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In the "grub" menu, select the Solaris 11 entry and select "e" for edit. Add a " -r" to the kernel line and boot. That should instruct the kernel to rebuild the devices.
I added -r to the kernel line and reboot, but the problem remains.
I shortly see the Solaris start screen but then it immediately reboots.
In this case (on plain hardware) it doesnt see the VMware virtual hardware anymore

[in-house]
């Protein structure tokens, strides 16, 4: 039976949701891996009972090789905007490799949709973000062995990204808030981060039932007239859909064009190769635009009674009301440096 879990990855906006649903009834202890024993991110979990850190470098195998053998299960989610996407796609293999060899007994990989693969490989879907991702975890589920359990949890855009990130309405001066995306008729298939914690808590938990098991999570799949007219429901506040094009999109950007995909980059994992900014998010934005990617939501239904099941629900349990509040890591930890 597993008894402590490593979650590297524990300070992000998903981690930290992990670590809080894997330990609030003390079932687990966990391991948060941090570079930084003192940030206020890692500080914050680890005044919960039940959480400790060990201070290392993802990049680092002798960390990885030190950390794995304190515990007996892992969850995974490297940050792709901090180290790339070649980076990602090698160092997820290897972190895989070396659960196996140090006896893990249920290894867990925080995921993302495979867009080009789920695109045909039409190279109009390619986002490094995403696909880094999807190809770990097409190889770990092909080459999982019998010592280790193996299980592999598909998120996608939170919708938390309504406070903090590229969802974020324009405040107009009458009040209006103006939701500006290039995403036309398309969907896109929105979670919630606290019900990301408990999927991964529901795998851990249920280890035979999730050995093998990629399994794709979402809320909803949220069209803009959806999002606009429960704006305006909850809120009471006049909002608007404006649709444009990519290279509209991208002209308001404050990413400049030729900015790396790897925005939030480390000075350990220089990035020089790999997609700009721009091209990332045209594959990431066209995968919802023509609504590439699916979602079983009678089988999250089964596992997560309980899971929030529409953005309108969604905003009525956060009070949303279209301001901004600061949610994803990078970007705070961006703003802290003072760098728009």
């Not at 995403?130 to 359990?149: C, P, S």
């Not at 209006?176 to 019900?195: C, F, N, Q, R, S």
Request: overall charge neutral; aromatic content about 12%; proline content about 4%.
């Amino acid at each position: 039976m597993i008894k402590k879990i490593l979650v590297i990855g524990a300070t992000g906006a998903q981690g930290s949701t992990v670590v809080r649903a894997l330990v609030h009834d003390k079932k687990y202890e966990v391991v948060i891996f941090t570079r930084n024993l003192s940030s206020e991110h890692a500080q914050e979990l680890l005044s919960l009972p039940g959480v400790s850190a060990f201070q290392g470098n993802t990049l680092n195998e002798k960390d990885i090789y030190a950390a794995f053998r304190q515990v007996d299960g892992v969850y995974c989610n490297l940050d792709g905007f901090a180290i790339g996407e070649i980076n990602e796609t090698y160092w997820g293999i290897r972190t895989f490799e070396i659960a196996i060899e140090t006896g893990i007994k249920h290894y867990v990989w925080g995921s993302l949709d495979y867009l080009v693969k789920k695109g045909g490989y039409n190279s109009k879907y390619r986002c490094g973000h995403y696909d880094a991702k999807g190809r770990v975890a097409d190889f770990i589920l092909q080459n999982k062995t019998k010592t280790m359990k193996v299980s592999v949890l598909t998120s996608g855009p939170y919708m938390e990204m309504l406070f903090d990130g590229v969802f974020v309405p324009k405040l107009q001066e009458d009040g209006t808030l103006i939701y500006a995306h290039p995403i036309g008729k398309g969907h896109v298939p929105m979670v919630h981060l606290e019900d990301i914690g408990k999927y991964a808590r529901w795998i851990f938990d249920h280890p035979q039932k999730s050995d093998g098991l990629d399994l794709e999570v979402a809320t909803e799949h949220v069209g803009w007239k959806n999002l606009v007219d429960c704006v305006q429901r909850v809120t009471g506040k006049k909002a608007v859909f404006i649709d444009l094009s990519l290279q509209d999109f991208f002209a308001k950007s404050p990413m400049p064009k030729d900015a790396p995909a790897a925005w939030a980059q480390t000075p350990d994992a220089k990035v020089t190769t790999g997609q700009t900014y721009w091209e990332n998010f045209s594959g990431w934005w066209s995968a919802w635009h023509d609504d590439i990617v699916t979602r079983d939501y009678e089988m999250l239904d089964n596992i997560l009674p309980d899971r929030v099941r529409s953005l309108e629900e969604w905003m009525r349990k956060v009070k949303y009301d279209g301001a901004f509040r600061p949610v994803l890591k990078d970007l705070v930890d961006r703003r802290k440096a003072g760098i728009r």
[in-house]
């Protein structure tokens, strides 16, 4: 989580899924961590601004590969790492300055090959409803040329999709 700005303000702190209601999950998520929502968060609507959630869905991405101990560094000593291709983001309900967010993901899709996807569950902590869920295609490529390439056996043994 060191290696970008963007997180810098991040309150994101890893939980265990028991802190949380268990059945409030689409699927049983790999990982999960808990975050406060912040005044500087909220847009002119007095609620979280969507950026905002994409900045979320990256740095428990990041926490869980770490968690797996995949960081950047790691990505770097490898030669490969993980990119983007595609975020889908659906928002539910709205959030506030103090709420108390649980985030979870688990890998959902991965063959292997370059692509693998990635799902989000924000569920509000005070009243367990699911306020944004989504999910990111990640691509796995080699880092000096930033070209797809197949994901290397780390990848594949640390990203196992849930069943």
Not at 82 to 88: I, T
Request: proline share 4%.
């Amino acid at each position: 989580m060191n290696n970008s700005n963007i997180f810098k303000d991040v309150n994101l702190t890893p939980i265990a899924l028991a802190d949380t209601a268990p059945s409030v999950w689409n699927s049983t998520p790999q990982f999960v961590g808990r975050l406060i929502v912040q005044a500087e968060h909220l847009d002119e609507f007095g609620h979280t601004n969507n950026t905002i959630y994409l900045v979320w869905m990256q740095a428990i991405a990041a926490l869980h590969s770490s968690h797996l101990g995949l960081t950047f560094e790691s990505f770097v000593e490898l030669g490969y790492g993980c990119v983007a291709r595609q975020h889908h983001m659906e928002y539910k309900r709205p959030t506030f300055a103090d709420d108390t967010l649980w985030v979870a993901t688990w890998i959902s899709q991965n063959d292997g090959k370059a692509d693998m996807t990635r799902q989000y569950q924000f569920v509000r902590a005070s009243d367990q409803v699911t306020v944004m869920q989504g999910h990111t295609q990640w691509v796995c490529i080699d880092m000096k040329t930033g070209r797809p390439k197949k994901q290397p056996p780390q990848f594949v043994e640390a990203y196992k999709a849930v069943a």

but a plain HP DC7900, I will check if Solaris can run on a DC7900.
Well, if you have run Solaris inside a VMWare guest, even though you used a raw disk to install the system, I bet that after you removed the VMWare installation, you'd need to run installgrub from the S11 installer CD or USB key.
So, I think what is happening here is that grub runs and then tries to boot the kernel, however with some false offset and thus reboots.
My take on this would be:
- boot of the text installer CD or USB key
- chose "Enter Shell"
- check your rpool, maybe run zfs import…
installgrub /boot/grub/stage1 /boot/grub/stage2 /dev/rdsk/<whereever your rpool slice is located>